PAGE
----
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Once Upon a Keyboard

Some six years ago I was working abroad, and one coworker bought a Microsoft Natural Keyboard Pro. I tried it out briefly and figured I'd love to use one. On my next trip to Finland I bought one, and started using that at work. A bit later on I bought another for home use as well. I would have bought one for my wife, but unfortunately they're not manufactured anymore, so we ended up buying some other kind of "natural keyboard" for her.

Anyhow, after six years of daily use, the keyboard had gathered some dirt..

The keyboard in question

Now, having used it daily, often snacking in front of it, etc, its condition did not disturb me too much, as I had not experienced any drastic change in the state of my keyboard, but my coworkers started hinting something about hazardous toxic waste..

Details, details..

When I had some idle time, I tried to clean the keyboard a bit by scratching off some of the dirt, so what you're seeing isn't exactly as bad as what it really was.

"Mostly" clean keys..

One interesting detail that I noticed was that the keys that I did not use often - for instance the swedish 'Ä' key, were dirtier than the more often used keys.

Anyway, to give you some kind of idea how dirty this thing was before I started, here's a detail picture off a side:


So, maybe it was time to really clean it. Off with the screws (one of which was handily hidden behind the ergonomy warning label):

Under the cover..

Note that the space key is part of the cover. Let's look a bit closer..

25000 bacteria per square inch? I beg to differ.

Hm, maybe I should do something about those LEDs at some point. But that's a project for another time.

Another detail shot.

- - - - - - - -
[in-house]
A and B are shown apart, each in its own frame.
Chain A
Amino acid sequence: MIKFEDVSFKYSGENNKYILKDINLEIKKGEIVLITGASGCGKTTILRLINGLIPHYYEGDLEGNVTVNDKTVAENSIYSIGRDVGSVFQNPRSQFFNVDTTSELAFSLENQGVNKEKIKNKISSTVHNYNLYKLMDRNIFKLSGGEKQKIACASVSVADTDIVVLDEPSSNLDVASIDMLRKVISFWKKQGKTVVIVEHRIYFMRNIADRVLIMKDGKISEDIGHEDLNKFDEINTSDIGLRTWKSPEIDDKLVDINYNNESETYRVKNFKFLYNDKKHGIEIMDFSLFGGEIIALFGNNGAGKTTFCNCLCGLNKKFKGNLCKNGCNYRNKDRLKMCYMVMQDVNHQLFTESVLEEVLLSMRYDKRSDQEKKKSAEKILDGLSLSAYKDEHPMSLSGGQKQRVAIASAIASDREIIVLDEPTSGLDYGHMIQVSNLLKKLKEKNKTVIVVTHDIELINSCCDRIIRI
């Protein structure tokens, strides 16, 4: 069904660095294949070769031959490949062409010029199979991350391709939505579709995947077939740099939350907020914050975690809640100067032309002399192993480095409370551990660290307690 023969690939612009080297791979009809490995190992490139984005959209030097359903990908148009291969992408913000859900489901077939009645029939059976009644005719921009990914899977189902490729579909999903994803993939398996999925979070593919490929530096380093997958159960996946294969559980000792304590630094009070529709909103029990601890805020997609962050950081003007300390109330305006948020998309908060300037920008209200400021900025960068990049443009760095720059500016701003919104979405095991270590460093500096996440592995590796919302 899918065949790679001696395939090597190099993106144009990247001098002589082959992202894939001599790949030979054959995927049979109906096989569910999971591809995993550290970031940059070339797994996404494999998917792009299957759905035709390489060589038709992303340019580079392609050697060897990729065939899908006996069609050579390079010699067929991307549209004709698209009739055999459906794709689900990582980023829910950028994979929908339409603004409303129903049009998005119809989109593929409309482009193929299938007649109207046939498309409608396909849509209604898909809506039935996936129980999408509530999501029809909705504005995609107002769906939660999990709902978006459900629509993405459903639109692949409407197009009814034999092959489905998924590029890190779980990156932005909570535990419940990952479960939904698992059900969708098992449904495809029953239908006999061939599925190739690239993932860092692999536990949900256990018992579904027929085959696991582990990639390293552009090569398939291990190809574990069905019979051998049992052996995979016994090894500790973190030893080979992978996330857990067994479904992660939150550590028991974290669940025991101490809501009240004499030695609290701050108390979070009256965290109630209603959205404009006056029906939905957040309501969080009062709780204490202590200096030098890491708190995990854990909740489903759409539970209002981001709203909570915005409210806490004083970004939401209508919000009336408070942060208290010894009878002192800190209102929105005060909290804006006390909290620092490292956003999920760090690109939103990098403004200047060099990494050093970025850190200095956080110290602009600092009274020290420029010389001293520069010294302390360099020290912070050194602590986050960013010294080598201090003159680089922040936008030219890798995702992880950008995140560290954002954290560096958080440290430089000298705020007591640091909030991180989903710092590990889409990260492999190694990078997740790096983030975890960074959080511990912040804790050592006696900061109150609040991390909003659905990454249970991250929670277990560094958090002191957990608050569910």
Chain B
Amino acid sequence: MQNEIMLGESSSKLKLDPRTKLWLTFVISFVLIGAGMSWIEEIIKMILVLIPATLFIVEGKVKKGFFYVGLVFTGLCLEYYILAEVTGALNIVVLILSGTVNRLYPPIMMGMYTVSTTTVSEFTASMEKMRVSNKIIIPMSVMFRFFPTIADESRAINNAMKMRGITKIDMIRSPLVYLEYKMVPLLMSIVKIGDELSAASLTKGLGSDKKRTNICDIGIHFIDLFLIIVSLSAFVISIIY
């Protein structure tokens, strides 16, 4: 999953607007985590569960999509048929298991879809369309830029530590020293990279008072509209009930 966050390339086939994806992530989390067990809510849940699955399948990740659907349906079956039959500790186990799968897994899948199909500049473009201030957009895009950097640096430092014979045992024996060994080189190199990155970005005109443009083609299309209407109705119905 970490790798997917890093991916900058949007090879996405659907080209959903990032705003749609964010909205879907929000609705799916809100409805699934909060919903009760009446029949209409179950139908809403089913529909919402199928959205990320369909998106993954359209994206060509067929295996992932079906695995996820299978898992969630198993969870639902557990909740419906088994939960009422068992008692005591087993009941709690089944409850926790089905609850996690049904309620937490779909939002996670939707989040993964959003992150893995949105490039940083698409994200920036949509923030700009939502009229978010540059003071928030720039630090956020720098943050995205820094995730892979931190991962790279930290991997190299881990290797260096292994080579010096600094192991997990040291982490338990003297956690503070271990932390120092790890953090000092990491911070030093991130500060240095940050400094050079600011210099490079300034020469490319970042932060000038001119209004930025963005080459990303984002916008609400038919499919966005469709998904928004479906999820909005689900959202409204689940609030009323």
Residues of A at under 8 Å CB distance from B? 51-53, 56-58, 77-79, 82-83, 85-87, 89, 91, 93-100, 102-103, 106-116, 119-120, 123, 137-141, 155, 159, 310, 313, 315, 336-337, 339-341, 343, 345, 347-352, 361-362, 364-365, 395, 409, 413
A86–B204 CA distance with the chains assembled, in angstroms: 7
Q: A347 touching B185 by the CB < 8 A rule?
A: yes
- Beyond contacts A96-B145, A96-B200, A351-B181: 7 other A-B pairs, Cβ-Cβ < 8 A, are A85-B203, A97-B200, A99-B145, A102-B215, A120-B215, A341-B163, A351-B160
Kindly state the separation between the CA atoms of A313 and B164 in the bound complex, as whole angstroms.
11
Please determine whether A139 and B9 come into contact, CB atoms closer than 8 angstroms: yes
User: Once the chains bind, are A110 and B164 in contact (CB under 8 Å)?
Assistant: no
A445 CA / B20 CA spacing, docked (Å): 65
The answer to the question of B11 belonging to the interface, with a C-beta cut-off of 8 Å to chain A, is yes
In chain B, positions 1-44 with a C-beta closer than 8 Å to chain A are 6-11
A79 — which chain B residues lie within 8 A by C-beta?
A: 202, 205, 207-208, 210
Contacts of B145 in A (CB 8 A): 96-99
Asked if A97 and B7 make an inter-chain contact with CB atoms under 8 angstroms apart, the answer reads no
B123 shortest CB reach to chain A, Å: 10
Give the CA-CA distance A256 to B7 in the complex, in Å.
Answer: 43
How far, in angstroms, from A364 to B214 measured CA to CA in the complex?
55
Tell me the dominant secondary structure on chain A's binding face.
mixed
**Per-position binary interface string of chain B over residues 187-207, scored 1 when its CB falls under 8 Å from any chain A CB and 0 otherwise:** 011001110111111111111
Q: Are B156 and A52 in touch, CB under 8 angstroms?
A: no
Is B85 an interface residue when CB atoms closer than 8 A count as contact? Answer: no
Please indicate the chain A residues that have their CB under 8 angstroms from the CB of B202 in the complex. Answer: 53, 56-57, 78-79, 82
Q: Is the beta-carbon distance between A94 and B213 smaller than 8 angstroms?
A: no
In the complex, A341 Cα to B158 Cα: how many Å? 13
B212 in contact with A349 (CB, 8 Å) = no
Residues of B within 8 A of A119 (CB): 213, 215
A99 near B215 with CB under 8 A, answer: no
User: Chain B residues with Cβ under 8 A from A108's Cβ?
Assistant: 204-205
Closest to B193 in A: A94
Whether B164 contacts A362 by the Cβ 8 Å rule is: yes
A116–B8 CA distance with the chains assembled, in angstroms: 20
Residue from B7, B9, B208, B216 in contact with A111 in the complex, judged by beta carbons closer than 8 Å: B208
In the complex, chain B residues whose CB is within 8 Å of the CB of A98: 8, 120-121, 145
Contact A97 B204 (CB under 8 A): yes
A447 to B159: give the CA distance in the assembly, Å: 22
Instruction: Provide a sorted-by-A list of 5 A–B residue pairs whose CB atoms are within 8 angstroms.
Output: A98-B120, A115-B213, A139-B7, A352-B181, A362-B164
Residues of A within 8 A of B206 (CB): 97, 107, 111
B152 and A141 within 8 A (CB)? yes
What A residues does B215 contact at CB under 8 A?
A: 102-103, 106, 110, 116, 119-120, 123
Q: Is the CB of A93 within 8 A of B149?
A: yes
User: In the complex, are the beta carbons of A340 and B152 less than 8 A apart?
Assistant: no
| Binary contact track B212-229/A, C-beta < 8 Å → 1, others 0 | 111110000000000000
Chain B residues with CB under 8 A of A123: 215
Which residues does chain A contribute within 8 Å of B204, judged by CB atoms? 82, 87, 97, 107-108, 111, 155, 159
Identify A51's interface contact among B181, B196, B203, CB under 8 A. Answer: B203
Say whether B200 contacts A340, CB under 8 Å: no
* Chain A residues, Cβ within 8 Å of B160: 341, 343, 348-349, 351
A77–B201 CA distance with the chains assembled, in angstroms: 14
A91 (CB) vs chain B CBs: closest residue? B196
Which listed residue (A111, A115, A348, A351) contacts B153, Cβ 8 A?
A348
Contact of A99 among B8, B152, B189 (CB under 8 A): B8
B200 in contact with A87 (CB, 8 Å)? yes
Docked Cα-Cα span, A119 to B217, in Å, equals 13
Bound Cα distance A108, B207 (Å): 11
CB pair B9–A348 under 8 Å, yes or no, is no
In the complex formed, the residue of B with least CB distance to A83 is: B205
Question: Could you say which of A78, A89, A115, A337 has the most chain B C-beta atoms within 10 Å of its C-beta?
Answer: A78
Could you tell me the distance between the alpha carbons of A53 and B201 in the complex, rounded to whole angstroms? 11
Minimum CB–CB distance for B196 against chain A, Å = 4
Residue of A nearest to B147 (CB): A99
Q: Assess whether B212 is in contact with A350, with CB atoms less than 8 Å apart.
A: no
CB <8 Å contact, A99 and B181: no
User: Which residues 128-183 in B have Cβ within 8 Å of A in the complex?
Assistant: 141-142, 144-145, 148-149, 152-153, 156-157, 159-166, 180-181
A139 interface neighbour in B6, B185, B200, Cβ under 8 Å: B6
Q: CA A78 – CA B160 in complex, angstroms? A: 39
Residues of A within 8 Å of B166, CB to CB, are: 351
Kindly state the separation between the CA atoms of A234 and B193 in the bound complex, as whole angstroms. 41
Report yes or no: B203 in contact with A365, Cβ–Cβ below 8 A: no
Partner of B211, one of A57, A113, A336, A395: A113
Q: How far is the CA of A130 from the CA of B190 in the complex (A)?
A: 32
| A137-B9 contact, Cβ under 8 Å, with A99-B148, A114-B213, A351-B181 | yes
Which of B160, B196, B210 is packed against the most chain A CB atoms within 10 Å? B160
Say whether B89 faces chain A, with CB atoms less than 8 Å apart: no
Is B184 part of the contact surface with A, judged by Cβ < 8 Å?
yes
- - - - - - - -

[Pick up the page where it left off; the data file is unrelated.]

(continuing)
Yep, it's still dirty. But what about the space key on the cover?

The space bar has a wookie's worth of hair in it.

Sometimes I wonder whether there's any special disease research centers specialized in keyboard research.

Under the left side of the keyboard.

The keyboard's keys are not bolted in in any way; you can simply lift them up. If you're planning to do an autopsy for your natural keyboard, there's a couple of screws under the keys that need to be removed.

The final two screws keeping the keyboard together are next to the USB ports:

The last screws on the board.

Now the cover and the bottom are free, and can be washed. I was a bit worried about the keys themselves, but as it happens, they were relatively easy to remove, and most of them could simply be pulled out.

The escape key escapes.

Like I said, most keys. There are a few longish keys that have are slightly more complicated.

The bars on the numpad end of things.

I ended up just pulling them out as well, hoping I wouldn't break anything and that I could put it together. Nothing seems to be broken so far..

Some of them complicated keys.

Okay, so most of the keys can be removed easily. And what lies beneath?

Hair and.. well, more dirt.

The next bit I was worried about were the special keys. Luckily, they also pull out easily.

I wonder whether I should replace the sleep key afterwards..

Now that the keys were pulled off, I dumped them into a bucket along with warm water and a healthy squeeze of dishwashing liquid. Next I used a vacuum cleaner and a small brush to clean off the base.

Not perfect but definitely better.

Next I scrubbed the cover and the bottom of the keyboard with the dishwashing liquid and hung them to dry.

I expected to spend the next couple of hours scrubbing all of the keys separately, but as it happens the liquid had managed to dissolve all the crud off the keys. I washed the soap off the keys and set them to dry.

A hundred keys'a'drying..

After waiting for the parts to dry for some time, I started putting things back together. The tricky keys with the metal bars were, in the end, rather simple to put in, and the trickiest bit was to figure out the order of the special blue keys =)

Drying some of the keys out would have been much easier if I had had a can of compressed air..


Regardless of my utter disregard for static electricity and my haste on not waiting for the parts to completely dry out, the thing still works. There are some scratches from where I had tried to get rid of the crud at the beginning, but apart from that it looks as good as new.

Now then, there's my other keyboard.. *sigh*

While you're here, why don't you check out some other cool stuff I have on my site?

Any comments etc. can be emailed to me.

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Possibly modified around: May 01 2010